Savanna Chimpanzees (Pan troglodytes schweinfurthii) Consume and Share Blue Duiker (Philantomba monticola) Meat in the Issa Valley, Ugalla, Western Tanzania
Sebastian Ramirez-Amaya1, Edward McLester1,
Fiona A. Stewart1,2, and Alex K. Piel1,3,*
1 Ugalla Primate Project
2 Department of Archaeology and Anthropology, University of Cambridge, UK
3 School of Natural Sciences and Psychology, Liverpool John Moores University, UK
* Corresponding author
Meat eating is pervasive across chimpanzee populations in Africa, with red colobus monkey (Piliocolobus spp.) being the most common prey (Boesch & Boesch 1989; Stanford et al. 1994a; Watts et al. 2012, Hosaka 2015) if sympatric in the same habitat. Besides colobus monkeys, chimpanzees consume a variety of other primates, including olive and yellow baboons (Papio spp.) and bushbabies (Galago spp.). In the forest habitats of western Tanzania chimpanzees have been reported to consume numerous different mammalian species: 18 at Mahale Mountains National Park (Uehara 1997; Hosaka 2015) and eight at Gombe National Park, whilst in the miombo woodland dominated Ugalla Region no direct observations have been recorded to date (Table 1). In West Africa, chimpanzees from Taï Forest, Ivory Coast consume eight different mammal species, all primates (Boesch & Boesch 1989). Wherever chimpanzees consume meat, it is almost always via hunting, as they rarely scavenge (Watts 2008).
Table 1. Species hunted at Gombe and Mahale, and whether they are present and hunted at Issa, modified from Goodall (1986) and Newton-Fisher (2014).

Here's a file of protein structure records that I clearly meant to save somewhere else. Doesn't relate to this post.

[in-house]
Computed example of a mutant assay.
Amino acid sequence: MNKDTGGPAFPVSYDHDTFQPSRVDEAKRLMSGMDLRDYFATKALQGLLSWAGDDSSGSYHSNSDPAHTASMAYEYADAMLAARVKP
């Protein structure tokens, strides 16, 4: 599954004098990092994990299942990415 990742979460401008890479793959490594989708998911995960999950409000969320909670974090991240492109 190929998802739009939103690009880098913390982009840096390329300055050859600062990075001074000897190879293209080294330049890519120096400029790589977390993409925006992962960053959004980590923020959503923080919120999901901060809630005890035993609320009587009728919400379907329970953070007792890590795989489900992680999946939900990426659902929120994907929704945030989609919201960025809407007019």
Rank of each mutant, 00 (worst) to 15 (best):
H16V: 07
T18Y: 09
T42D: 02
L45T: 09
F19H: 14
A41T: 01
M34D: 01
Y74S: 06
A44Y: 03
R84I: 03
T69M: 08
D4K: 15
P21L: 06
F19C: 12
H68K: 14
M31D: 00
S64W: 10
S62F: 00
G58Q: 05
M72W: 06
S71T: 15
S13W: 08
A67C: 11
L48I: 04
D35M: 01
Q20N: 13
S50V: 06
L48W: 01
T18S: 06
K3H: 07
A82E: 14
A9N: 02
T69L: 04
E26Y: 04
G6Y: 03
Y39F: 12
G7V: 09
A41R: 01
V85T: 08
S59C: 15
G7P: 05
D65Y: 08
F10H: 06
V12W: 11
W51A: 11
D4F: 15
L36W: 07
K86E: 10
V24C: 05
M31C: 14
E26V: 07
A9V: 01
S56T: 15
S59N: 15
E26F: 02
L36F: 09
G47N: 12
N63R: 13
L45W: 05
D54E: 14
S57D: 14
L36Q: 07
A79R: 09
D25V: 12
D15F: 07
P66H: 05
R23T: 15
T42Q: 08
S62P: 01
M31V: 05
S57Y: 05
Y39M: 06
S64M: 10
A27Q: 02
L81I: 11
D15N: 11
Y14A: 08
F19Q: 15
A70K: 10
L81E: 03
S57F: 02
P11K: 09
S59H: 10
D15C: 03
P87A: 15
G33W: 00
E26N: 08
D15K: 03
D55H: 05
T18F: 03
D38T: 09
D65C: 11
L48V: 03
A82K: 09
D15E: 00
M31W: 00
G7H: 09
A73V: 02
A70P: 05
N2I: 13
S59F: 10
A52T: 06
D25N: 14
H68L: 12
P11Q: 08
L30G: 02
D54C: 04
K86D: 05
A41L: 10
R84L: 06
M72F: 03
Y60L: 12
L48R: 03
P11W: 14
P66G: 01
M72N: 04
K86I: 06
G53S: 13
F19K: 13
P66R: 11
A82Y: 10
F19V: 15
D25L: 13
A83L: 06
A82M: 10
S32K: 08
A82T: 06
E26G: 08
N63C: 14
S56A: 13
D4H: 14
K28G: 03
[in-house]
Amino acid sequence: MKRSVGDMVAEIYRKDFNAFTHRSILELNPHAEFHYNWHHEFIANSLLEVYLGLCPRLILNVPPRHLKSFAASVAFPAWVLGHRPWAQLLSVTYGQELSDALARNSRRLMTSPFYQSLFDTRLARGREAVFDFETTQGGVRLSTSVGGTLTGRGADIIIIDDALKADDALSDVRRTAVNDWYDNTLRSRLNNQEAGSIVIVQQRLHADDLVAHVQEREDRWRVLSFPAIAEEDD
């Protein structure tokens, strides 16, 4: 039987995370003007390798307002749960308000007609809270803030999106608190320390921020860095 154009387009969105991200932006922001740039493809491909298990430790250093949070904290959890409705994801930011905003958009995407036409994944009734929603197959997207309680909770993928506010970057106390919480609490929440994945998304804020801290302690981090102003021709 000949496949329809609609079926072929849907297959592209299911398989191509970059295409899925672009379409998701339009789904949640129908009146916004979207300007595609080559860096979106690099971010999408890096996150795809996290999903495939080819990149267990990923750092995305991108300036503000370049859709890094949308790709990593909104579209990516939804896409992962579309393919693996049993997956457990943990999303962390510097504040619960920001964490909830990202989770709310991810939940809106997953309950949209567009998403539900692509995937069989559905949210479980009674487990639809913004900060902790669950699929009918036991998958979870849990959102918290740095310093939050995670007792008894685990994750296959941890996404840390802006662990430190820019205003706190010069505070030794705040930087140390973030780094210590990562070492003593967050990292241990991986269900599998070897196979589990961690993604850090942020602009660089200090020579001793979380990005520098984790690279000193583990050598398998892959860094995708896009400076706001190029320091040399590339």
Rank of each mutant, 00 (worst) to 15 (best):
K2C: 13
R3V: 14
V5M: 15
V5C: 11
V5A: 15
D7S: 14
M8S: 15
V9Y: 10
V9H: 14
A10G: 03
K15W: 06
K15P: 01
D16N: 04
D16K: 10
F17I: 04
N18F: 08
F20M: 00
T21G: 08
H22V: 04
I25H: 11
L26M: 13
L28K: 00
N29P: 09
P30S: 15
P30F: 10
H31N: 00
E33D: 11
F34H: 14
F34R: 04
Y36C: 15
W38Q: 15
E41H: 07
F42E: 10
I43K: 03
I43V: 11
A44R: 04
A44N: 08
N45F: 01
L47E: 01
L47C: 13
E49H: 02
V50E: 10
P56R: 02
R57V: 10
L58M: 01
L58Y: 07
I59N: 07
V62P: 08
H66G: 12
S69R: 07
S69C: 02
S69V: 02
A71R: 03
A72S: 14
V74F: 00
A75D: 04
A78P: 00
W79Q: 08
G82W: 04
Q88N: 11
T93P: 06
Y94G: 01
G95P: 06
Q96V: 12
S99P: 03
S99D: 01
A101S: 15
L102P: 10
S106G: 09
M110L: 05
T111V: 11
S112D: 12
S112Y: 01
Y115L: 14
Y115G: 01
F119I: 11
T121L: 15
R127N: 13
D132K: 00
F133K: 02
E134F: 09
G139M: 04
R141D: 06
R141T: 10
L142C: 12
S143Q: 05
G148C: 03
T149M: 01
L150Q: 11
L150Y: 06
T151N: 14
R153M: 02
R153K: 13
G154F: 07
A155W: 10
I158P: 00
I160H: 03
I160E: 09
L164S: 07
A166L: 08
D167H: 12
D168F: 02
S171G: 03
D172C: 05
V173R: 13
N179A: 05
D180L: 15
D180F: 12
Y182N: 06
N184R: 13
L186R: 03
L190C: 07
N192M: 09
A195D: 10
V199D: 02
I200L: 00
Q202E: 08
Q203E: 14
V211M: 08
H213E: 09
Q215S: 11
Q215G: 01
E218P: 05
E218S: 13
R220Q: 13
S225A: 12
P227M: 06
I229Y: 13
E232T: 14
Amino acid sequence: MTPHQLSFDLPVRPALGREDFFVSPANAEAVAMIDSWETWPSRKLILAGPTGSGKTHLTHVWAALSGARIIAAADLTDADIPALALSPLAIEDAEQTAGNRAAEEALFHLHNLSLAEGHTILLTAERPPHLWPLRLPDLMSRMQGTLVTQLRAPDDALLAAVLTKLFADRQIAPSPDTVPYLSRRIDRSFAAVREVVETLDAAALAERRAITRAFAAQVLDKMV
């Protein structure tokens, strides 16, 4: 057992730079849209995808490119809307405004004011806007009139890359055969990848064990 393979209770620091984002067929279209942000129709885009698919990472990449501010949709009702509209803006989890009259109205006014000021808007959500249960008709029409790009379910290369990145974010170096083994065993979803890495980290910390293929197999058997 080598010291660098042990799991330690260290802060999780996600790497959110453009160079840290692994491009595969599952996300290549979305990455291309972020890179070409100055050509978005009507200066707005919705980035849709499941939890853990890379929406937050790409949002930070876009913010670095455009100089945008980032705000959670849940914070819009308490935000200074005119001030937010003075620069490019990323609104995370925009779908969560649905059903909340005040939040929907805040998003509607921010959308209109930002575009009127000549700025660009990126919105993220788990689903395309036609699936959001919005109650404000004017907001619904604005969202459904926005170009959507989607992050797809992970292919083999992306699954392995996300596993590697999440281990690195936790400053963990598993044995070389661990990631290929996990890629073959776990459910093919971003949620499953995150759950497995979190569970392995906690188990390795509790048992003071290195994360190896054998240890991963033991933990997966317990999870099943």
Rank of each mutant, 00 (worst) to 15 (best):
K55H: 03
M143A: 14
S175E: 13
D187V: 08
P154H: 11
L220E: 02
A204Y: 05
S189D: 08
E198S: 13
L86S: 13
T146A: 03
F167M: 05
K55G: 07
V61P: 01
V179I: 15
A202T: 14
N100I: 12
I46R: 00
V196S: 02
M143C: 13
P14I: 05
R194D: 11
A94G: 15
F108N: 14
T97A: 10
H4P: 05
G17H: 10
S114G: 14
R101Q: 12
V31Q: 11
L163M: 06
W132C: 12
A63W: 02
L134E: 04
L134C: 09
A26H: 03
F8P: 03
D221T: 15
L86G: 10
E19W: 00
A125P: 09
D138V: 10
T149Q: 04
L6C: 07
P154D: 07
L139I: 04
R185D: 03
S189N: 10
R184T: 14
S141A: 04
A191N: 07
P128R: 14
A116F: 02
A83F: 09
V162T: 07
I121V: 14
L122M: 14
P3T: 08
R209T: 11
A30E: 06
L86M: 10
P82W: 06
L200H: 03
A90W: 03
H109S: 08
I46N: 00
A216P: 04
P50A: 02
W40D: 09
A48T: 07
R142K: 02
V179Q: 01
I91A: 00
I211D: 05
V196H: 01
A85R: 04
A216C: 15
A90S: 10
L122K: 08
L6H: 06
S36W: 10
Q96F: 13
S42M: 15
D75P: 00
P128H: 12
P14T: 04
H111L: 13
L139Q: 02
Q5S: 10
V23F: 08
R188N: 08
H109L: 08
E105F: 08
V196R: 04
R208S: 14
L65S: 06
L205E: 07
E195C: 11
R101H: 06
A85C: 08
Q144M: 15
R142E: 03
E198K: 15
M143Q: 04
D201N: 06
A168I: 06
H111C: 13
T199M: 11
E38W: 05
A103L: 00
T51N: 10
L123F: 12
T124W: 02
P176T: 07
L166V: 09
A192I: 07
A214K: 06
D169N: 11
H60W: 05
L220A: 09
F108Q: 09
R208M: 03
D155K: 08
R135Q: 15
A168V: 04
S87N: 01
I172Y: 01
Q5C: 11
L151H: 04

Habitat and wildlife diversity clearly influence potential prey for chimpanzees. In Fongoli, Senegal for example, chimpanzees live in a mosaic savanna landscape and prey on patas monkey (Erythrocebus patas) (Pruetz & Marshack 2009), a species that is rarely sympatric with otherwise mostly forest-dwelling chimpanzees. In Ugalla, two recent studies on the diet of wild chimpanzees each found only a paucity of animal tissue in over 1,200 combined samples. Yoshikawa and Ogawa (2015) reported a single case of bird bones and another of unidentified mammalian tissue in over 450 samples analyzed between 1995–2011 from the Nguye area, whilst Piel et al. (under revision) reported no mammalian tissue in over 800 samples collected from 2009–2014 from the Issa Valley. A reliance of faecal analysis to infer dietary behavior has well-discussed limitations (Boesch & Boesch 1989; McGrew et al. 2009; Phillips & McGrew 2013) and so direct observations are critical to revealing items that may be otherwise fully digested or rarely consumed.